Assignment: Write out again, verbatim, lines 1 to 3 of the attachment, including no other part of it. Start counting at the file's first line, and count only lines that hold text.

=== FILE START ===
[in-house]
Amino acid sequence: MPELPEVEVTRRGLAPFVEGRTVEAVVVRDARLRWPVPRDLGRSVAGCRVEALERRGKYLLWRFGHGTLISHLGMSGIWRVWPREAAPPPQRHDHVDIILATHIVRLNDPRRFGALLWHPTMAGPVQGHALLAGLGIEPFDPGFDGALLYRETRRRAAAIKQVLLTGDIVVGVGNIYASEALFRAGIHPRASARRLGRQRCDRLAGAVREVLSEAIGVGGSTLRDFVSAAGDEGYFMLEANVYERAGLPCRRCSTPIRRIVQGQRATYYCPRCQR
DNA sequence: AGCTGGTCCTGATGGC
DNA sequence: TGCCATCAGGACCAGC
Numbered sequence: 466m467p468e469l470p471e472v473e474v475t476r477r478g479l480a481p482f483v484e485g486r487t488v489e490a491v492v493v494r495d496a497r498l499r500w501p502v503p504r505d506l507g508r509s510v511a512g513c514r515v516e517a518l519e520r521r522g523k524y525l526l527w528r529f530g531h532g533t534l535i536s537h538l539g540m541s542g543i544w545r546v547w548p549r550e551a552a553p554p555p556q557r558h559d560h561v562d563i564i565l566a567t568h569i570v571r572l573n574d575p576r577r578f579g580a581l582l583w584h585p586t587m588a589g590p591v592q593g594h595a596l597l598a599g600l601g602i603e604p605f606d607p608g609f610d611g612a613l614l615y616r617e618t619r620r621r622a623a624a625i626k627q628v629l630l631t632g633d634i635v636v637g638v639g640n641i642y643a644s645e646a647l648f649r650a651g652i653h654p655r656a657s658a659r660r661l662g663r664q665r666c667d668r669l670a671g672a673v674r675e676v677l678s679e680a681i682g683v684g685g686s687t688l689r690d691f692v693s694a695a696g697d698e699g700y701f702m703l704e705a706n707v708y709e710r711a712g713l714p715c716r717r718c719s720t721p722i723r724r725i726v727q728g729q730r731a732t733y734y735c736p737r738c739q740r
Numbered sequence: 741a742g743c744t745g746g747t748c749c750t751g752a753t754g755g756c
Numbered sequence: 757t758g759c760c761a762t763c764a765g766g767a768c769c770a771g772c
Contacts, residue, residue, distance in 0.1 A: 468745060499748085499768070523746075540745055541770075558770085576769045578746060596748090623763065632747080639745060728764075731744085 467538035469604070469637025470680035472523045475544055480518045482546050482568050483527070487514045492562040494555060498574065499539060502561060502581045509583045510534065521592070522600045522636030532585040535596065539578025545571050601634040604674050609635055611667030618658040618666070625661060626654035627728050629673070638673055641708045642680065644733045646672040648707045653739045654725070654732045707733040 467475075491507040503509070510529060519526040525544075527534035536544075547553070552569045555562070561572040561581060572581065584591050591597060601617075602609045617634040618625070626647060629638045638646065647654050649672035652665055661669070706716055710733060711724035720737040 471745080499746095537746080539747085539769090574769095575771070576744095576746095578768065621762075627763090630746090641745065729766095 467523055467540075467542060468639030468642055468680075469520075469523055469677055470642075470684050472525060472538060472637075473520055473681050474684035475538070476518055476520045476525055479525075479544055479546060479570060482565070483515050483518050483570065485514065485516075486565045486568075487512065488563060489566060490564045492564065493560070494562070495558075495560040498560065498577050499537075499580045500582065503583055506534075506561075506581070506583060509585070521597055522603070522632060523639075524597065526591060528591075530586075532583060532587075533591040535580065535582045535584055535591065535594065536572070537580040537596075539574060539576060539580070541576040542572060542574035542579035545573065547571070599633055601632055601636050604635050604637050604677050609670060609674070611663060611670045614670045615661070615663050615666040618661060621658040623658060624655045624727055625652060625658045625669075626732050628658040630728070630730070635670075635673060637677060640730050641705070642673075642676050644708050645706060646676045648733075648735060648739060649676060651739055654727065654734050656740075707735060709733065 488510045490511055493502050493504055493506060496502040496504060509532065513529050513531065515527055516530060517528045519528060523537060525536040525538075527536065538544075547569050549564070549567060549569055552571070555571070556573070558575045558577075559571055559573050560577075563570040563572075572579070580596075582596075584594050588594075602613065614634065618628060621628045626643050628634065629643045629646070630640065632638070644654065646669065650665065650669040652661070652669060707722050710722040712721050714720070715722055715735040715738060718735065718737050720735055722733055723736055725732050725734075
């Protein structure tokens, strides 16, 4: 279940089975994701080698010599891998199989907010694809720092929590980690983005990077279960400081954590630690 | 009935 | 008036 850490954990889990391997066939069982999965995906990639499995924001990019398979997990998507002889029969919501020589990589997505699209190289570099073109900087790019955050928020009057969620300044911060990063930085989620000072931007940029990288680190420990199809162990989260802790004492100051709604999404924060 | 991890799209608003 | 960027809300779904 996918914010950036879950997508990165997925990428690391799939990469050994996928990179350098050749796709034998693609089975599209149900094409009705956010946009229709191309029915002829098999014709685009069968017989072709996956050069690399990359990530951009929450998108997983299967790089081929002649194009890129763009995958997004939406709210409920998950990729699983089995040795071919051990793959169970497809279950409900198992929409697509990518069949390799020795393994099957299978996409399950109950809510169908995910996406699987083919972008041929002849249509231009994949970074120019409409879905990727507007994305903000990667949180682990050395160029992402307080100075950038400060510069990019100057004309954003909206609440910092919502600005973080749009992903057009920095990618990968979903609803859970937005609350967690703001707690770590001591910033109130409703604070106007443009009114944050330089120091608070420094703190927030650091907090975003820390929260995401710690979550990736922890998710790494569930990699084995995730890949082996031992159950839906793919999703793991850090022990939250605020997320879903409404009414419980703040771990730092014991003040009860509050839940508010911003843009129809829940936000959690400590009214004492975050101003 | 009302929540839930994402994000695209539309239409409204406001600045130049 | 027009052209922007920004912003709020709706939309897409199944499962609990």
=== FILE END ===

[in-house]
Amino acid sequence: MPELPEVEVTRRGLAPFVEGRTVEAVVVRDARLRWPVPRDLGRSVAGCRVEALERRGKYLLWRFGHGTLISHLGMSGIWRVWPREAAPPPQRHDHVDIILATHIVRLNDPRRFGALLWHPTMAGPVQGHALLAGLGIEPFDPGFDGALLYRETRRRAAAIKQVLLTGDIVVGVGNIYASEALFRAGIHPRASARRLGRQRCDRLAGAVREVLSEAIGVGGSTLRDFVSAAGDEGYFMLEANVYERAGLPCRRCSTPIRRIVQGQRATYYCPRCQR
DNA sequence: AGCTGGTCCTGATGGC